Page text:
Telltale, the developers of Puzzle Agent, are well known for making other people’s games. Tales of Monkey Island, Sam & Max, and Wallace and Gromit are all intellectual properties not created by Telltale, but rather they are existing properties that Telltale has put their unique spin on. Telltale is in the business of making comedic point and click adventure games, and for the first time they have released their own unique property, Puzzle Agent.
So how does Puzzle Agent fare in comparison to Telltale’s other efforts? Admirably, and I will even say that it is much funnier than any of the Telltale games I have played to date. The game is ultimately a spin on the Professor Layton style of adventure set in the small town of Scoggins (home to the Scoggins Eraser Factory), meaning it is an adventure through a zany world in which the denizens provide the player with puzzles at nearly every opportunity.
If you find that Puzzle Agent’s sense of humor meshes well with your own, you are in for a treat. I was completely hooked by the awkward tension between the main character and his surroundings, as well as the understated strangeness about many elements of the environment. Towards the beginning of the game you meet a cagey old man, I found that everything about him- his appearance, voice acting, and attitude, so perfectly represented the cliche that Telltale was going for that I couldn’t help but laugh. If just looking at the characters tickled my funny bone, you can imagine what effect their greater role in the story and dialogue had on me.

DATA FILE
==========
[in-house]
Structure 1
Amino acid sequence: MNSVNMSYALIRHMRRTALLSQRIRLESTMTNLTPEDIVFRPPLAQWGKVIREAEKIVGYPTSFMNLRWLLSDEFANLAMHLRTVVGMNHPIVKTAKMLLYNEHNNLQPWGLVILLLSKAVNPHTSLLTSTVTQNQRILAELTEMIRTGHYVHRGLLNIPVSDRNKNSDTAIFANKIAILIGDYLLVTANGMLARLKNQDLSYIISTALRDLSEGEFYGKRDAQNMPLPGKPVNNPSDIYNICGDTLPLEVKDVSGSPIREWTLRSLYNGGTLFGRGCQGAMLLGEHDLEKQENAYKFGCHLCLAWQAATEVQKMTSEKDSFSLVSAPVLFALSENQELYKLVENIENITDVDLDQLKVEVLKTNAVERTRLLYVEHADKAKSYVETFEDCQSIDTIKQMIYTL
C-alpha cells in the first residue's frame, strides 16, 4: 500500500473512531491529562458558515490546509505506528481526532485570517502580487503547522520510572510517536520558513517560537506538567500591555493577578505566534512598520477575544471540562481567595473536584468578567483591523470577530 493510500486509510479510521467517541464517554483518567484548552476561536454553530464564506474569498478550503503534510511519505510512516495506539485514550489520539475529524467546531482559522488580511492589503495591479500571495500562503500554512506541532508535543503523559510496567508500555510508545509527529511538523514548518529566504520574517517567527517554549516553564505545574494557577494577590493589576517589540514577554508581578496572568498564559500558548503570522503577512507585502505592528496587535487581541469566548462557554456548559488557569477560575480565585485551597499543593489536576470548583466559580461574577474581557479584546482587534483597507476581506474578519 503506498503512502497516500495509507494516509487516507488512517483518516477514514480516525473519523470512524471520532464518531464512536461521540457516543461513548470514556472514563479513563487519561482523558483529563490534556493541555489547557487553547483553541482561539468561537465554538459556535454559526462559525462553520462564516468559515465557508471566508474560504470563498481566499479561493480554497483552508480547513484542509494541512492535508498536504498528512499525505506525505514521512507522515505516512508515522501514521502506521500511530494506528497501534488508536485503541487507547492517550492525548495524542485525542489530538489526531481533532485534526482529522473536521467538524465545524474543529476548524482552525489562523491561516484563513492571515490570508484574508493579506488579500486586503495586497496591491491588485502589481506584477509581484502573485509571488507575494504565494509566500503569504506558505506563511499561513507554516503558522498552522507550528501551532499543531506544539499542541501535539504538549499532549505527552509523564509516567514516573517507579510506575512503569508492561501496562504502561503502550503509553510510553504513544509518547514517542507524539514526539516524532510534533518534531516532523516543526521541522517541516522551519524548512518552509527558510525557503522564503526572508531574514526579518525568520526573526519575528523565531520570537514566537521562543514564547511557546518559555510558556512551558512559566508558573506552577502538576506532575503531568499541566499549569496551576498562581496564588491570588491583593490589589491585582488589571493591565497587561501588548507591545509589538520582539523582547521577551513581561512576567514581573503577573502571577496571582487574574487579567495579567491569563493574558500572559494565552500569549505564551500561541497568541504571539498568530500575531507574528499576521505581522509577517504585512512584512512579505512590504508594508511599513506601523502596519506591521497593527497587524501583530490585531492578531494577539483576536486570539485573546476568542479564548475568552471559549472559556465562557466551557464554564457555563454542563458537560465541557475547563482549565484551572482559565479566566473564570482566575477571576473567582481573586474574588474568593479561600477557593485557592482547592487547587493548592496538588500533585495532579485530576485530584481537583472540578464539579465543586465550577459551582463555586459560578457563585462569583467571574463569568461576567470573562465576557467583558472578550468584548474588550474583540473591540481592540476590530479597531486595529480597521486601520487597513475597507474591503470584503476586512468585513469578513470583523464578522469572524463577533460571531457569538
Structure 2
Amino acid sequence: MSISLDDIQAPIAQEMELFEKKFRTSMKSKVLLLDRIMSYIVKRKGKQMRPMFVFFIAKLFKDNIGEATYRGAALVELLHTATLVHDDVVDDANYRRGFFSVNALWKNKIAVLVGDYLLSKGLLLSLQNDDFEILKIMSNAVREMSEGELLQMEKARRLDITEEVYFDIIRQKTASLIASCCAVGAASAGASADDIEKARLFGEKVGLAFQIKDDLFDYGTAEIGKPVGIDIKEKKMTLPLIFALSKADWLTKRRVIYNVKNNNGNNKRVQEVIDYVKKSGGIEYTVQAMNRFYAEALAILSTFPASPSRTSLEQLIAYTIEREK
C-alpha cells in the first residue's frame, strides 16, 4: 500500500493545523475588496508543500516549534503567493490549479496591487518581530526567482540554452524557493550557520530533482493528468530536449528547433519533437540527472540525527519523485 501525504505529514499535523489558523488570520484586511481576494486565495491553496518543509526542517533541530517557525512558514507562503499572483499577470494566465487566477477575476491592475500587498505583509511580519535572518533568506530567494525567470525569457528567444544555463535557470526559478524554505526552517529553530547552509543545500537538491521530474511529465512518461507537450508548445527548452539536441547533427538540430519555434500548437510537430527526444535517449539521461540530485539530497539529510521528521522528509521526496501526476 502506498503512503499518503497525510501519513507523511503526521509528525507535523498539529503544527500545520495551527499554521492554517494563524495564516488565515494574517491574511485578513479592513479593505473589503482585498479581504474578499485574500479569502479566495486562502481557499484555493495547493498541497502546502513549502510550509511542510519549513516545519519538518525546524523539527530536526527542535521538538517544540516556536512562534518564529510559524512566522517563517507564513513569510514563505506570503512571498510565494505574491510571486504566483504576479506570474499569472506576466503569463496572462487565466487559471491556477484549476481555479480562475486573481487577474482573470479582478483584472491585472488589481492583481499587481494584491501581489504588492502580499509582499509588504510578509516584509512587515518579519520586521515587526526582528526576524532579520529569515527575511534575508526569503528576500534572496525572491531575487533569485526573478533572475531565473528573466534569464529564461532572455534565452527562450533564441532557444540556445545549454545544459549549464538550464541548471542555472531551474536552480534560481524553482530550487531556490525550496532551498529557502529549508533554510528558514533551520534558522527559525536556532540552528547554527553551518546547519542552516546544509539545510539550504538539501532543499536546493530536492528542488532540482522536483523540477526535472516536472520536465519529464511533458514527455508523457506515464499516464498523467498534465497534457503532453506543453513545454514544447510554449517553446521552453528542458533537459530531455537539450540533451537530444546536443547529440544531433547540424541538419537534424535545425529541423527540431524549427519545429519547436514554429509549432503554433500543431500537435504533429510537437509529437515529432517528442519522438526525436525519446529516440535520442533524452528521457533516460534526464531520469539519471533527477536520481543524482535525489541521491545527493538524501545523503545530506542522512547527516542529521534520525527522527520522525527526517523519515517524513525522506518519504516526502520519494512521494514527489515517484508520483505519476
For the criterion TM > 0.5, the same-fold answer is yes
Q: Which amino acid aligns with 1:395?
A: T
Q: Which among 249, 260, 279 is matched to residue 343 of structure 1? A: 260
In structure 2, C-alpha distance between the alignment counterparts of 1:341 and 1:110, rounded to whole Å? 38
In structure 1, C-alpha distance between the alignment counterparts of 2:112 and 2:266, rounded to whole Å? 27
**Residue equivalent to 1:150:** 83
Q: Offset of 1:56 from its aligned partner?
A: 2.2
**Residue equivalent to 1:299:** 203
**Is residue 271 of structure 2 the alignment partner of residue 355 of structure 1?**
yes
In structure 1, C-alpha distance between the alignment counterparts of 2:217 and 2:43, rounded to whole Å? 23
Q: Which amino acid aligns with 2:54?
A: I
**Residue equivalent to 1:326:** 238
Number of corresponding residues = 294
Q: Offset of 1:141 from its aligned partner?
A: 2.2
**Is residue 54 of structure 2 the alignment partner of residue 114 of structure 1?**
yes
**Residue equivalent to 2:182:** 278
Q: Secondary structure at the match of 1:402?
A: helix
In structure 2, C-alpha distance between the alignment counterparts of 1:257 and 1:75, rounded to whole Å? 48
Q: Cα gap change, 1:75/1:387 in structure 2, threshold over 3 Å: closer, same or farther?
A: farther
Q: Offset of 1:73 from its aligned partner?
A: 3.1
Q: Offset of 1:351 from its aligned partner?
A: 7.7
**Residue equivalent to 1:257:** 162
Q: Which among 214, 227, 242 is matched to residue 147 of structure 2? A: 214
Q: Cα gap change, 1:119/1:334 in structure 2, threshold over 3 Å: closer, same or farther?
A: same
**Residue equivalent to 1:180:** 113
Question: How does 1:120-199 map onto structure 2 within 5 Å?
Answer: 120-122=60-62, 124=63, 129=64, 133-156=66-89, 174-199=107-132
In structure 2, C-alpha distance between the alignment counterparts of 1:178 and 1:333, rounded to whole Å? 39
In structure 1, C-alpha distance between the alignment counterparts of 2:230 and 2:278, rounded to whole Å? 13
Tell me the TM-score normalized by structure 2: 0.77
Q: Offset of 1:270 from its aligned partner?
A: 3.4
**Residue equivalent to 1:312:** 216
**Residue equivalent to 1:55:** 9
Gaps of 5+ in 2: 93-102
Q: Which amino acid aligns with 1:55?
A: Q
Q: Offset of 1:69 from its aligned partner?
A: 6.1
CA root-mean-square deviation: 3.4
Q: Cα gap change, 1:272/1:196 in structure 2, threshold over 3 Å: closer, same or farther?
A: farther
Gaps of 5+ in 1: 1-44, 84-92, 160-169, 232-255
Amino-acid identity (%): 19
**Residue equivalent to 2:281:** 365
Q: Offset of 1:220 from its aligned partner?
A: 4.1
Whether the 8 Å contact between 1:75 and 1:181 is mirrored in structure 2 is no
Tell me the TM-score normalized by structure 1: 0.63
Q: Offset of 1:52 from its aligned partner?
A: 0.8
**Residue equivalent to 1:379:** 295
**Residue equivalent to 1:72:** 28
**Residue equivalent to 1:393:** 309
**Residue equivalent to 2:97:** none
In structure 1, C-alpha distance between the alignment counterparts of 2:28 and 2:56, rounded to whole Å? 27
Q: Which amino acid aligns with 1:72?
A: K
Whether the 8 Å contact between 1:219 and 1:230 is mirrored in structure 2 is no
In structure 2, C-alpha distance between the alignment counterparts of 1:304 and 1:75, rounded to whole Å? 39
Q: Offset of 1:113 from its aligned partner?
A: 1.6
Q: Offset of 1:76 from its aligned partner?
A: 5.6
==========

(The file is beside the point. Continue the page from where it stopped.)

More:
I can’t say that the game will be funny for everyone, but I certainly found myself laughing out loud on multiple occasions. The humor plays a major role in my appreciation of Puzzle Agent, because without it you are left with a much lesser game.
The actual “this is a game” part of Puzzle Agent boils down to, unsurprisingly, a series of puzzles. While some of the puzzles are challenging, and many are mildly entertaining, they fail to live up to the standard set by the game’s comedic aspects. The game even repeats most puzzle types, so by the end you feel as if you are solving the same old puzzle. I found the most annoying to be the puzzles in which you must piece something together by dragging its parts together, and when the correct parts get close enough they will auto-lock onto one another. One can solve these puzzles almost by accident, and once they are solved you still must go through several presses to submit your answer and see if it was correct- even though by its very nature you know you have already solved the puzzle perfectly.
How can I enjoy a game so much that clearly has some issues with the first word in its title? Puzzle Agent’s well crafted story, hilarious characters, and spot-on dialogue manage to trump its biggest flaws. Since the puzzles are brief, and for the most part mentally engaging, I found it easy enough to cruise through them to get to the great parts of the game.
Puzzle Agent is a short ride, clocking in at around three hours to complete, but it is well worth your attention. The game is available on the App store for $4.99 (iPhone) and $6.99 (iPad). The iPad version benefits from the higher resolution, but otherwise you are getting the same hilarious experience on both platforms.
This game was reviewed on an iPad & iPod Touch 2g